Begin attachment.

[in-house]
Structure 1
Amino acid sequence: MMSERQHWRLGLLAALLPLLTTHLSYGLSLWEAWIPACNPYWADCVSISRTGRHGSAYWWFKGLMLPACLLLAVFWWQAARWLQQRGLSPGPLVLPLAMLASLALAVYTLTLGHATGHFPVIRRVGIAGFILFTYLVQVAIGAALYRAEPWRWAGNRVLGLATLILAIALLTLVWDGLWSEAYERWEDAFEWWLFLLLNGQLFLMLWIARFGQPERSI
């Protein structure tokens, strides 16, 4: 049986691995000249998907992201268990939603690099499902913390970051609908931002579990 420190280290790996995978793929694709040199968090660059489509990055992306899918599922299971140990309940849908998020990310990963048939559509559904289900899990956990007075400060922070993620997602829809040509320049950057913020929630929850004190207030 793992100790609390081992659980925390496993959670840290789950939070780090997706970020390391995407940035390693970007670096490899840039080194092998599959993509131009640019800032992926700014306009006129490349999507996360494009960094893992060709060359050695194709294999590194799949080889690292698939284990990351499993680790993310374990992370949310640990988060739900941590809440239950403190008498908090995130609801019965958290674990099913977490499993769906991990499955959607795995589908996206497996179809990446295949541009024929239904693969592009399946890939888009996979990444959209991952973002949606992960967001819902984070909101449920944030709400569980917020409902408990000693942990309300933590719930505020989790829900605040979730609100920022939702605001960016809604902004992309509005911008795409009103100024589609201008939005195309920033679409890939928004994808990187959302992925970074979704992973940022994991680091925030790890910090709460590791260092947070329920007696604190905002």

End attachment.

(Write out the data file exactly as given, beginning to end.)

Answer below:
[in-house]
Structure 1
Amino acid sequence: MMSERQHWRLGLLAALLPLLTTHLSYGLSLWEAWIPACNPYWADCVSISRTGRHGSAYWWFKGLMLPACLLLAVFWWQAARWLQQRGLSPGPLVLPLAMLASLALAVYTLTLGHATGHFPVIRRVGIAGFILFTYLVQVAIGAALYRAEPWRWAGNRVLGLATLILAIALLTLVWDGLWSEAYERWEDAFEWWLFLLLNGQLFLMLWIARFGQPERSI
């Protein structure tokens, strides 16, 4: 049986691995000249998907992201268990939603690099499902913390970051609908931002579990 420190280290790996995978793929694709040199968090660059489509990055992306899918599922299971140990309940849908998020990310990963048939559509559904289900899990956990007075400060922070993620997602829809040509320049950057913020929630929850004190207030 793992100790609390081992659980925390496993959670840290789950939070780090997706970020390391995407940035390693970007670096490899840039080194092998599959993509131009640019800032992926700014306009006129490349999507996360494009960094893992060709060359050695194709294999590194799949080889690292698939284990990351499993680790993310374990992370949310640990988060739900941590809440239950403190008498908090995130609801019965958290674990099913977490499993769906991990499955959607795995589908996206497996179809990446295949541009024929239904693969592009399946890939888009996979990444959209991952973002949606992960967001819902984070909101449920944030709400569980917020409902408990000693942990309300933590719930505020989790829900605040979730609100920022939702605001960016809604902004992309509005911008795409009103100024589609201008939005195309920033679409890939928004994808990187959302992925970074979704992973940022994991680091925030790890910090709460590791260092947070329920007696604190905002």